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Each year, Major League Soccer seems to grow and develop, looking to find a place and a standing within world football.

The lack of promotion and relegation, a bone of contention amongst many US soccer fans, might stop many of the European leagues acknowledging the division as one of strength, but that is the only thing holding it back.

Many new divisions have sprung up over the last 30-years or so, some not only becoming a success, but helping to drive soccer into the national consciousness, and help it spread throughout the country. A clear example of such a division is the J1-League in Japan.

Japan is not traditionally a behemoth in the soccer world. Their current top-flight division, the J1-League, only started in 1992 and despite a blaze of initial publicity, not least through the arrival of England legend Gary Lineker, it did not grab immediate traction.

However, with some matches attracting 40,000 fans, it is now a settled and thriving division enjoyed by a growing number of fans.

Fan culture is hugely important to the growth of any soccer league and Japan has perfect conditions for such development.

Expatbets outlines that sports wagering is legal in Japan, helping to drive the popularity of the sport amongst its fanbase.

A solid culture of wagering on games is often a driver for the wider passion for the game and forms a significant part of a fan’s experience. International success is also important, and the Samurai Blue have not disappointed in recent years.

They have been at every World Cup tournament since 1998, finishing in the last 16 on three occasions. They co-hosted the competition with South Korea in 2002, further strengthening the appeal amongst supporters.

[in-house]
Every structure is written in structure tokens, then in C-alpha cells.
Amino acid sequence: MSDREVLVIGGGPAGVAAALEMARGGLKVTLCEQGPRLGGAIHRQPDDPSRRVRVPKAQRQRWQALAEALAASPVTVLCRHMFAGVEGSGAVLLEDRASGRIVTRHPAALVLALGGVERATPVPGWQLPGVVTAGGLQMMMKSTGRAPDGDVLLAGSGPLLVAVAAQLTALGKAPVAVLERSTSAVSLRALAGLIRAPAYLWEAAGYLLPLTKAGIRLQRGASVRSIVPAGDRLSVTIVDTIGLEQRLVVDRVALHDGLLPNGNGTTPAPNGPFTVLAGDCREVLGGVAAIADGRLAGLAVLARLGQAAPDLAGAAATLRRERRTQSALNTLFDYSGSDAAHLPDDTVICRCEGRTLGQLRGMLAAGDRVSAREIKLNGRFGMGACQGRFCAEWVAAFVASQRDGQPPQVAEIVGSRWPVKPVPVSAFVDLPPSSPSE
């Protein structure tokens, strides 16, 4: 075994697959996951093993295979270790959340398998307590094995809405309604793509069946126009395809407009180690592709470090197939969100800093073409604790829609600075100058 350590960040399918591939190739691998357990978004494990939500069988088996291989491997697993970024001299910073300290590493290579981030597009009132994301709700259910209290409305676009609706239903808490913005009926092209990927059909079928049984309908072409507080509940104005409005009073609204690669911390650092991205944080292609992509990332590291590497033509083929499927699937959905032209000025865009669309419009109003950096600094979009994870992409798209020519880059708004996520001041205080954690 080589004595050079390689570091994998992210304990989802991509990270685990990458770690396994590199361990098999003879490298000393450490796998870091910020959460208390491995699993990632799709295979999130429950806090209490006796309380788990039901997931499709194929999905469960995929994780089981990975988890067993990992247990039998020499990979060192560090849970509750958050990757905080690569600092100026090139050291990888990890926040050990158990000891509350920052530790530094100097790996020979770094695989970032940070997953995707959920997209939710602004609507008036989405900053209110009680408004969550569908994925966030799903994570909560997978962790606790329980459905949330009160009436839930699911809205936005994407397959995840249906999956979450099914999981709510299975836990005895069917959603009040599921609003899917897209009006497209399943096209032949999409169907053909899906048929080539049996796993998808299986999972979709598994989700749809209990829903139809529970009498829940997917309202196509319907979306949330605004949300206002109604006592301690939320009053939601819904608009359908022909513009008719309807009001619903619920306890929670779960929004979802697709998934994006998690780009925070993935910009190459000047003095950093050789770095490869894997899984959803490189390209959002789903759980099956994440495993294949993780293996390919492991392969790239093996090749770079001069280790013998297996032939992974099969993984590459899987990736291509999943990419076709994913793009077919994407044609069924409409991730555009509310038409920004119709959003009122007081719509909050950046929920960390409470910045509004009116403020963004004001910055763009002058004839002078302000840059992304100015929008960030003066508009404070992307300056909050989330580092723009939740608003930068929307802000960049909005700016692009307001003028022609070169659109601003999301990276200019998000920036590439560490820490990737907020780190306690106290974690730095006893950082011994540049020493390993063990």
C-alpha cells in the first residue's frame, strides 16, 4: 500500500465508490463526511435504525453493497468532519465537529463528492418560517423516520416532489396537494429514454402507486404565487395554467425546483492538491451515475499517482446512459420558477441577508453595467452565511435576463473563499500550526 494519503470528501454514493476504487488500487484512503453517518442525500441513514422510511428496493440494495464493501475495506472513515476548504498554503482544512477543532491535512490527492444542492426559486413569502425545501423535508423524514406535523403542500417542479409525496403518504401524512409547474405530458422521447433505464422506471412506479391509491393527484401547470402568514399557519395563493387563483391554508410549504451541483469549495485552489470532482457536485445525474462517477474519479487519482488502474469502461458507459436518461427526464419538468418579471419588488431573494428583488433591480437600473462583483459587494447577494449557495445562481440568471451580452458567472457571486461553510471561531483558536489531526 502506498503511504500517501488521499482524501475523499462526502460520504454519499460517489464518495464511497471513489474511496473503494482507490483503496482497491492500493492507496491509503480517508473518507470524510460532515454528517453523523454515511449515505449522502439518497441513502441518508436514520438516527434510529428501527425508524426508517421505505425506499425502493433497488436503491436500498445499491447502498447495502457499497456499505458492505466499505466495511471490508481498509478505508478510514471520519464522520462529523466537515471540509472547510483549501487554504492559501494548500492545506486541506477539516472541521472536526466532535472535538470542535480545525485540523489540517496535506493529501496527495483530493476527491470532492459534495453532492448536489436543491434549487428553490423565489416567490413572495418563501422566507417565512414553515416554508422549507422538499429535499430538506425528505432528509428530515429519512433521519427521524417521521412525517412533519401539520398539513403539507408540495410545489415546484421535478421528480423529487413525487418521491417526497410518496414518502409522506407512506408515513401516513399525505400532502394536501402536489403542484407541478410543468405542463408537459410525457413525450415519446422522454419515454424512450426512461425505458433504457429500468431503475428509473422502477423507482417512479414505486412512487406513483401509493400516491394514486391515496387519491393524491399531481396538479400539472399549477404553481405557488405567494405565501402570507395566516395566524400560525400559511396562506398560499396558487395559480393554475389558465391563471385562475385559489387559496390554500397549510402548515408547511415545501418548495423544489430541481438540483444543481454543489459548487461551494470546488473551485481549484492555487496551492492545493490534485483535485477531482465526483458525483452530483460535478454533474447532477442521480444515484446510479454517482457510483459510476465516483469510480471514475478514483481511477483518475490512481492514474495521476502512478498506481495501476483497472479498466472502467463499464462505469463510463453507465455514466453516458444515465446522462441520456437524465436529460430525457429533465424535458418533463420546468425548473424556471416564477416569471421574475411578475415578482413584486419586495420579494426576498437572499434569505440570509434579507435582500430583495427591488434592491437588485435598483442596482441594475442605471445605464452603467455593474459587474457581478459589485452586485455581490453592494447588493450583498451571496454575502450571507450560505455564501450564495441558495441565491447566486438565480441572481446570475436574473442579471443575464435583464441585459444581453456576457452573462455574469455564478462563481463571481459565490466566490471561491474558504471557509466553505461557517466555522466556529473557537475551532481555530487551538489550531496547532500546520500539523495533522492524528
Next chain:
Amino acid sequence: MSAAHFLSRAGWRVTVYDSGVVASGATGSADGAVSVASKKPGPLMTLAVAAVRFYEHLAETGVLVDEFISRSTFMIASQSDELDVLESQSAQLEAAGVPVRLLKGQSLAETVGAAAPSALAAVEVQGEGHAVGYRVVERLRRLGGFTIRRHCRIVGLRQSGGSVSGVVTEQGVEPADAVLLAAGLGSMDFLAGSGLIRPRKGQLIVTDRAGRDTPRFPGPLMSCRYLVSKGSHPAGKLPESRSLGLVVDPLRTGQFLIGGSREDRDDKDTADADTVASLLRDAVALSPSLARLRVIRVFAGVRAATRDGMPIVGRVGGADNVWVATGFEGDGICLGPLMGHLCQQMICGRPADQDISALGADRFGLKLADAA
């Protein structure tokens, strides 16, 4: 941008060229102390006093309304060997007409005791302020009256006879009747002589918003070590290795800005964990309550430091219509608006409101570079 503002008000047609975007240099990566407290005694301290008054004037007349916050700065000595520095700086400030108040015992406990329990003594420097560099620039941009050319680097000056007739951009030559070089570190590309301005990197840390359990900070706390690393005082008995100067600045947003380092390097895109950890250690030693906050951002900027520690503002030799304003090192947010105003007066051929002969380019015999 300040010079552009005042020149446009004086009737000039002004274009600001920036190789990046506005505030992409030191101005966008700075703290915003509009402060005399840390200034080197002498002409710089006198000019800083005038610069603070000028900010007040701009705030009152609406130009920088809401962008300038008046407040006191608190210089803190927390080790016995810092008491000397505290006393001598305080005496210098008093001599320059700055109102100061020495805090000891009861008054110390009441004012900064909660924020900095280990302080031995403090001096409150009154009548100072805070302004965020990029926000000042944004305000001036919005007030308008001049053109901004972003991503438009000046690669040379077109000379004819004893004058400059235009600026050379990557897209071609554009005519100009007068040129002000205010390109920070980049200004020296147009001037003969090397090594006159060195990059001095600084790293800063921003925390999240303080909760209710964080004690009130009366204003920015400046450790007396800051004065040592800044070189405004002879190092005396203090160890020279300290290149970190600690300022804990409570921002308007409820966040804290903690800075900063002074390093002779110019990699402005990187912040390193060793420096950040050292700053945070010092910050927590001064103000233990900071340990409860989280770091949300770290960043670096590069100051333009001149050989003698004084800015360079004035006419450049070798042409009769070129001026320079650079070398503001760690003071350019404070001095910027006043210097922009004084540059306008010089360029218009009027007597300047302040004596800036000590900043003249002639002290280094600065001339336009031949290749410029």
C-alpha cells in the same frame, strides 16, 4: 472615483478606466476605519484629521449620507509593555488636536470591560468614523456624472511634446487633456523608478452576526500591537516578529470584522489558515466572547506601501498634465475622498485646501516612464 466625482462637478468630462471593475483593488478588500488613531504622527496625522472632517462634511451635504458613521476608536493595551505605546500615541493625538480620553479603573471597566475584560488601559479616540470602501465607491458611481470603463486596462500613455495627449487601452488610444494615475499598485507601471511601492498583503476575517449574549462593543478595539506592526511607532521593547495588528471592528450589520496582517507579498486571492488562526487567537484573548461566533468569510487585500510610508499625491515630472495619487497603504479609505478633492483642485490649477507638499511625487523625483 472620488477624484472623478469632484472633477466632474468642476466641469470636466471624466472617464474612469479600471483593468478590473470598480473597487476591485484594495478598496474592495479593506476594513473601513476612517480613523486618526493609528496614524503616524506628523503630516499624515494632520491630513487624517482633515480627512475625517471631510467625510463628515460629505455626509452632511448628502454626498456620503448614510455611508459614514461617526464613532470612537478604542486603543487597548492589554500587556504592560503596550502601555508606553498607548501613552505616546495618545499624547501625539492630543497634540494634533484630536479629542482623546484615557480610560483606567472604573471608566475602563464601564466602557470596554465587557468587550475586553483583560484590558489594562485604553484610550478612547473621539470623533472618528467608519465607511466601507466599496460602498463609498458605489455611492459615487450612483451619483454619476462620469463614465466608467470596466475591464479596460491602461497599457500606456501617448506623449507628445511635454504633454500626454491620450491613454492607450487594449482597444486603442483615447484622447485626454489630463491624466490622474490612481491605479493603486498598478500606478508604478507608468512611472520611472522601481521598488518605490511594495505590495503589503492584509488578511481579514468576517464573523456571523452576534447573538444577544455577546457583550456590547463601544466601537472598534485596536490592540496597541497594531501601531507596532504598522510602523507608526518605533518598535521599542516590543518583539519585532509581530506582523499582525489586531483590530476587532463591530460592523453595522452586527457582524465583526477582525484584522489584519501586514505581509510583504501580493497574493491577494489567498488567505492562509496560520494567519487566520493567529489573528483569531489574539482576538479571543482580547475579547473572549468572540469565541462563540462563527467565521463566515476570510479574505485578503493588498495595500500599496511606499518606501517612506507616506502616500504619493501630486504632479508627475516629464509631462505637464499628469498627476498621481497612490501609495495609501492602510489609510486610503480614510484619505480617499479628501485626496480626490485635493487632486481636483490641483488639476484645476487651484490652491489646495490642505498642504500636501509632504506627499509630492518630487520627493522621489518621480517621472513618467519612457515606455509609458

That exposure has not only helped grow the game domestically but also helped players make a success of their careers abroad.

Some have even landed here on our own shores, turning out for Canada’s Major League Soccer sides.

So we are going to look at three Japanese players who have seen their career bring them to another rapidly expanding soccer league, our very own MLS.

Jun Marques Davidson

37-year-old Davidson made the transition from Japan to America in 2010, after spending time in the J1-League with Albirex Niigata, Vissel Kobe and Consadole Sapporo.

The midfielder later completed a switch to Carolina RailHawks in the now-defunct USSF D2 Pro League.

After a brief spell back home, he made the move to Vancouver Whitecaps for his only MLS stint.

He played 54 times in two seasons for the Whitecaps before leaving for the RailHawks once again, this time in the NASL. He saw his career out with Charlotte Independence in the USL.

Tsubasa Endoh

The 26-year-old winger has been recognized by Japan at Under 17 level, but has never managed to make the step up to full international.

He has not appeared for any clubs in his home country though, instead spending his whole career in North America and Canada.

He appeared for Maryland University for several seasons before being snatched up by Toronto, where he has eight goals from 50 outings.

A goal against Atlanta in 2019 is described by The Globe and Mail as one of the fastest in TFC history.

He has also featured for Toronto II in the USL Championship and League One, scoring 11 times.

Daigo Kobayashi


The Whitecaps might have had a disappointing 2019, finishing 23rd overall and being knocked out early in the Canadian Championship, but back in 2013 when Japanese star Kobayashi was present, they fared much better.

His goal in the 69th minute of the Canadian Championship Final against Montreal Impact looked to have secured the Whitecaps their first piece of silverware, only for Hassoun Camara to level and win the tie on away goals.

Kobayashi, who earned one full cap for his country whilst playing for Omiya Ardija, remained in the MLS after his Whitecaps stint, appearing for New England Revolution and winning the Eastern Conference in 2014.

He is still in the US, playing for Birmingham Legion in the USL Championship.

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